It’s almost possible to feel a small twinge of pity for the true believers on the religious right. For decades now, the Republican party has depended on them to endorse right wing ideology as a religious belief and to organize voters to get Republicans elected. But now the religious right is finding they only love you if they need you. Of course, religious conservatives shouldn’t fret too much. Just because Republican politicians may not want to engage in the culture war now doesn’t mean they won’t return to pushing the religious right’s agenda against gays and women once safely ensconced in office.

That’s probably true, although if (please) women’s votes cost the GOP the Senate in November, the next wink campaign may be aimed at religious conservatives.

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What We Don’t See

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abortion, big picture stuff, Social Issues, Women's Issues

Of all the conceits common to humankind possibly the most insidious is that any of us are entirely rational. And often the most irrational people are those who brag about how rational they are.

Even if a person’s basic reasoning skills are sound, the outcome of his reasoning nearly always will be imperfect. That’s because nearly all of us “live” within limited conceptual frameworks that filter and sort information in artificial ways. The way we conceptually interface with reality is based partly on our own experience and partly on how we are culturally conditioned to understand things.  And most of us are blind to this, because if we and everyone we know is artificially filtering and sorting information in pretty much the same way, we assume our understanding of reality is the only possible one.

(I wrote quite a lot about this in my book, by the way, explaining the way our limited conceptual frameworks have impacted religion and have largely rendered it ridiculous, but it doesn’t have to be that way.)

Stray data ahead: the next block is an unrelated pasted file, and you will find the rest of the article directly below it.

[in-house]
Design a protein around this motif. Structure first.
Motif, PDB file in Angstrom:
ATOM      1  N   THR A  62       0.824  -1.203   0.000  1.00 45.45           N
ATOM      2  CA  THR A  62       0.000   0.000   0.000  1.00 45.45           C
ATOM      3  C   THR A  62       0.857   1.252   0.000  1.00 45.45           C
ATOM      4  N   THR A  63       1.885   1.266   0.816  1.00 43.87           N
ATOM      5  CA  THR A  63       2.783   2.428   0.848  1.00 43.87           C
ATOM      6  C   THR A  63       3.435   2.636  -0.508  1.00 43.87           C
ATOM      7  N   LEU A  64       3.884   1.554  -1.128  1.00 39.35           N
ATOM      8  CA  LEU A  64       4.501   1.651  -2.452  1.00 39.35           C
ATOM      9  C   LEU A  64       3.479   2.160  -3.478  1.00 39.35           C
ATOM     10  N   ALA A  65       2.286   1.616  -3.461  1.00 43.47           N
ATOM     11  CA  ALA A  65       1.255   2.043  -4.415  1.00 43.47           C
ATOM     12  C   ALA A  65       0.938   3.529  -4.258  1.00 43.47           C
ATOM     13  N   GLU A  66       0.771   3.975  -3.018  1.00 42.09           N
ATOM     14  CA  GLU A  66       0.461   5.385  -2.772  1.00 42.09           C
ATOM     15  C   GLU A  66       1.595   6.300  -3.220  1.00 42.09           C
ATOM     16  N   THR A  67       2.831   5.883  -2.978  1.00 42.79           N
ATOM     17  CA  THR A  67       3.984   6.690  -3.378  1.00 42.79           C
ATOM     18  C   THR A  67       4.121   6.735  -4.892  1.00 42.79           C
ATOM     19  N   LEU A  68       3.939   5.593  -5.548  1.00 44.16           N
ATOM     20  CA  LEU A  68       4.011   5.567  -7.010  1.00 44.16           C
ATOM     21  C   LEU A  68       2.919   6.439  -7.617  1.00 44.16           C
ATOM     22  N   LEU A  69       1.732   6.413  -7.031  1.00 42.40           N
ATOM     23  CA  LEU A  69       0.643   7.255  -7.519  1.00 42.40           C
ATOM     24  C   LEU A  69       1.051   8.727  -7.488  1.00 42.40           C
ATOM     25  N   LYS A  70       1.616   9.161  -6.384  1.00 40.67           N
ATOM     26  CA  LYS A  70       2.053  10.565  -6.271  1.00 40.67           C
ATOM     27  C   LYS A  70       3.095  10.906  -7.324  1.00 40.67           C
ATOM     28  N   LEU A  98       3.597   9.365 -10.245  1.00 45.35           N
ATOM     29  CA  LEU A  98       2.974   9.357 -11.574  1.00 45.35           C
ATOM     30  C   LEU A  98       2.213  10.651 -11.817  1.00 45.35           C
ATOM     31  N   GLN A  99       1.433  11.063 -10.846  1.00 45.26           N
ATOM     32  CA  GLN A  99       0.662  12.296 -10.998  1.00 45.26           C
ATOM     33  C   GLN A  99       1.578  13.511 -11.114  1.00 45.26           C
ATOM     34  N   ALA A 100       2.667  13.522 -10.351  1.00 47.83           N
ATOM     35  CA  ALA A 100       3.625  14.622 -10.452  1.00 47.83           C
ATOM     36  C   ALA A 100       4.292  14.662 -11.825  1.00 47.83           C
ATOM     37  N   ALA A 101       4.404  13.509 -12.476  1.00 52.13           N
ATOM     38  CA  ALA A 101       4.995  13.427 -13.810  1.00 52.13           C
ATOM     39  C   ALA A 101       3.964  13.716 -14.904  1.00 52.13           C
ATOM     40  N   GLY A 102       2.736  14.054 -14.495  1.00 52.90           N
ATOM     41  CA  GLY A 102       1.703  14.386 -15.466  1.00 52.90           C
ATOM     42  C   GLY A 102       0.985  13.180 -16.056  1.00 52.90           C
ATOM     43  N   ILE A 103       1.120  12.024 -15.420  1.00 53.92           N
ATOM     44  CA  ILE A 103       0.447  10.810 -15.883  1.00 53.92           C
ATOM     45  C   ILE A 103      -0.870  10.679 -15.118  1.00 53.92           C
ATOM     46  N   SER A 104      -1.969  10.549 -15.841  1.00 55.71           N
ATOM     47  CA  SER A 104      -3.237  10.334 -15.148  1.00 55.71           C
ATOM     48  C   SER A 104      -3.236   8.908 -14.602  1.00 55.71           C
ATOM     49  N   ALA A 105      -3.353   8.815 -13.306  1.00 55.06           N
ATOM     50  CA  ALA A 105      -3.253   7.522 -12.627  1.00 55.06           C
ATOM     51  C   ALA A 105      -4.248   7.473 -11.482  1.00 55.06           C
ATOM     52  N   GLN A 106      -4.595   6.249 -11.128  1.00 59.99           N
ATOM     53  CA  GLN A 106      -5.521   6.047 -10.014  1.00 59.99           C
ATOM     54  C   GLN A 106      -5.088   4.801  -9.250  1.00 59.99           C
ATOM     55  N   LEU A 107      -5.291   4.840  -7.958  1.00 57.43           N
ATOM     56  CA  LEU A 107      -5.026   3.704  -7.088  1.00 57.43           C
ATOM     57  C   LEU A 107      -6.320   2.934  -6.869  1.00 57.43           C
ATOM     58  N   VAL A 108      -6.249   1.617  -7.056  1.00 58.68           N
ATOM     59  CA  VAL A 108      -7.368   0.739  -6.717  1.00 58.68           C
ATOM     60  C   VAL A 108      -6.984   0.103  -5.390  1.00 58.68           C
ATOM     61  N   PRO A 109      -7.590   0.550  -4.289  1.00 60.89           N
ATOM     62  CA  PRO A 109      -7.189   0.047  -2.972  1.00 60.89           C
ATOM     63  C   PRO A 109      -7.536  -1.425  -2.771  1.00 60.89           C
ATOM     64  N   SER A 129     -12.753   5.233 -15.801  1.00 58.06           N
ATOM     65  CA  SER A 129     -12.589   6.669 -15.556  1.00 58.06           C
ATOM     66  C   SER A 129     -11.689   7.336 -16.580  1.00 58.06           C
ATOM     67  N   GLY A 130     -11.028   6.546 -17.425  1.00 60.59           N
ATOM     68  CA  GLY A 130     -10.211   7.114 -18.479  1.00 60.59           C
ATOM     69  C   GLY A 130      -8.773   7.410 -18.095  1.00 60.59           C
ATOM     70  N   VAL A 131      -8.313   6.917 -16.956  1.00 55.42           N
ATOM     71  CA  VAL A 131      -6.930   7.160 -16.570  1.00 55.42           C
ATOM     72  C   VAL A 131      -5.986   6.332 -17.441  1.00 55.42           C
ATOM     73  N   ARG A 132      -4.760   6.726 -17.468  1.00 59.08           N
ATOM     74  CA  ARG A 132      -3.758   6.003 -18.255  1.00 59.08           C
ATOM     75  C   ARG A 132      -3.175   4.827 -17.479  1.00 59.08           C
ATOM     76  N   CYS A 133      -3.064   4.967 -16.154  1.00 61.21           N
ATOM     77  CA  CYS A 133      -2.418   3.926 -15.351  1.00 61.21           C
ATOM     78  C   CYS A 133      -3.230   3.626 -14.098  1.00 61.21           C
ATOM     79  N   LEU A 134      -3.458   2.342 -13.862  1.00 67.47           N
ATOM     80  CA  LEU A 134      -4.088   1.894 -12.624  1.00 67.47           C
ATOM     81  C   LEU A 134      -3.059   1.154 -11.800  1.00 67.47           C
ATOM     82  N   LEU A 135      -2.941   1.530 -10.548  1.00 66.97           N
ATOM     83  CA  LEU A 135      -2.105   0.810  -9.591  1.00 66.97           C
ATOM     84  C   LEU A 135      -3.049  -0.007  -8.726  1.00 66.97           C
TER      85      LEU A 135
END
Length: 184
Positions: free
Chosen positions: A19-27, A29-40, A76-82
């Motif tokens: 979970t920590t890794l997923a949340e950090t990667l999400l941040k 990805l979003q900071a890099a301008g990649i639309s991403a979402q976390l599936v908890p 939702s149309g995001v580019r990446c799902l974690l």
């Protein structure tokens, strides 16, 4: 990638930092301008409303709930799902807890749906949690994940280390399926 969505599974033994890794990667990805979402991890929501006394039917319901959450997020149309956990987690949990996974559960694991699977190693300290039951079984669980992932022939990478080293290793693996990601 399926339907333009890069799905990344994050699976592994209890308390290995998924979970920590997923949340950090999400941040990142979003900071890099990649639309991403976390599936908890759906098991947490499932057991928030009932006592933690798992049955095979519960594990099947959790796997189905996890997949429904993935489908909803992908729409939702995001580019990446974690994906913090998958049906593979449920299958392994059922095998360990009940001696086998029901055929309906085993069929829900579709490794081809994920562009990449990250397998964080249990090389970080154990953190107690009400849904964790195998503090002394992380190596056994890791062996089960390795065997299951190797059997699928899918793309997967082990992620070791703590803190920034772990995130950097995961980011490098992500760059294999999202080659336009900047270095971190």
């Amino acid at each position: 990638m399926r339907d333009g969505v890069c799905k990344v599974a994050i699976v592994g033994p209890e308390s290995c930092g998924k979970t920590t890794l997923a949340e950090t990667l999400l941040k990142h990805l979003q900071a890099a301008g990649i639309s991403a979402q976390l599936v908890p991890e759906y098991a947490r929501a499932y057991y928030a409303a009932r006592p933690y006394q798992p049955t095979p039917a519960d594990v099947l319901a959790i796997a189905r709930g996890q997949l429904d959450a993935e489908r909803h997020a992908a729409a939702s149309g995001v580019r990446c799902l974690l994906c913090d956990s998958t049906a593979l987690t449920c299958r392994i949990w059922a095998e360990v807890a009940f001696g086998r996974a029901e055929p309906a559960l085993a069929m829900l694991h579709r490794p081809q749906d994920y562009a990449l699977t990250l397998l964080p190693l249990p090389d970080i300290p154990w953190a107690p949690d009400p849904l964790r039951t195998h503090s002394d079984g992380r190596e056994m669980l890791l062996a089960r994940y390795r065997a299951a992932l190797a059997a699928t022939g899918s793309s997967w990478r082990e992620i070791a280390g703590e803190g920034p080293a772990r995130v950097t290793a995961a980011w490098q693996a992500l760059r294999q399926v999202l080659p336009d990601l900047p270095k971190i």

Breaking out of the conceptual box we live in usually takes some extraordinary experience — and often a shocking one — to see that we’re living in an artificial world and that the “real” one outside the limits of our awareness is largely alien to us. And most of us amble through life without ever having that experience.

Even though few of us ever perceive that we’re living inside a conceptual box, if we run into people whose conceptual boxes are very different from ours we think those people just don’t understand the real world (meaning our “real world”). I could define maturity, even wisdom, as the ability to appreciate  and respect that other people’s “worlds” are just as valid as ours even if they are wildly different. I wrote a few years ago,

My view is that everything we think comes from a complex of psychological discriminations and impulses, little of which have anything to do with “logic.” The way we understand ourselves and the world begins to be shaped from the moment we’re born and continues to be shaped by the culture we grow up and live in. In other words, all of our understandings are biased. This is pervasive and inescapable. Often the difference between “logical” and “empathic” people is that an “empathic” person has at least a dim appreciation of his own biases, whereas a “logical” person is utterly oblivious to them. …

… Our conscious, cognitive understandings of things are based on internalized models of what we’ve been conditioned to believe is “normal.” We may be able to articulate our ideas and perceptions in a coolly logical way, but the process by which we arrive at our ideas and perception is “complex, unconscious and emotional.” This is always true, whether we want to admit it or not. …

… Generally being “fair” is not losing one’s biases, but perceiving one’s biases as biases. If you recognize your biases as biases, you are in a position to overrule them as the facts dictate. But if you are so unconscious of yourself that you don’t recognize your biases as biases, then your “thinking” generally amounts to casting around for support for your biases. Then you put the biases and the cobbled-together “support” together and call it “reason.”

And this takes me to what we don’t see. I’ve written before about the “default norm” syndrome, also called the invisible baseline fallacy, which in our culture means white maledom is the default norm, and perspectives and experiences that deviate from those common to white men are not respected as legitimate. If you are a woman or racial minority in this country you have bumped into this iron wall of assumption many times, but the iron wall is invisible to a lot of white men. Not all, thank goodness.

This is basically the same thing that people are calling “male privilege” or “white privilege,” although I don’t like those terms. The degree to which one’s assumptions, biases and experiences are “privileged” depends on a complex of factors that include health or physical condition, class, and wealth. A white male lower-income paraplegic is considerably less “privileged” than the Koch brothers, for example. As wealth inequality becomes more extreme a whole lot of white people are being left behind to a degree I believe is unprecedented in American history, and I assure you most of these people don’t feel all that “privileged.”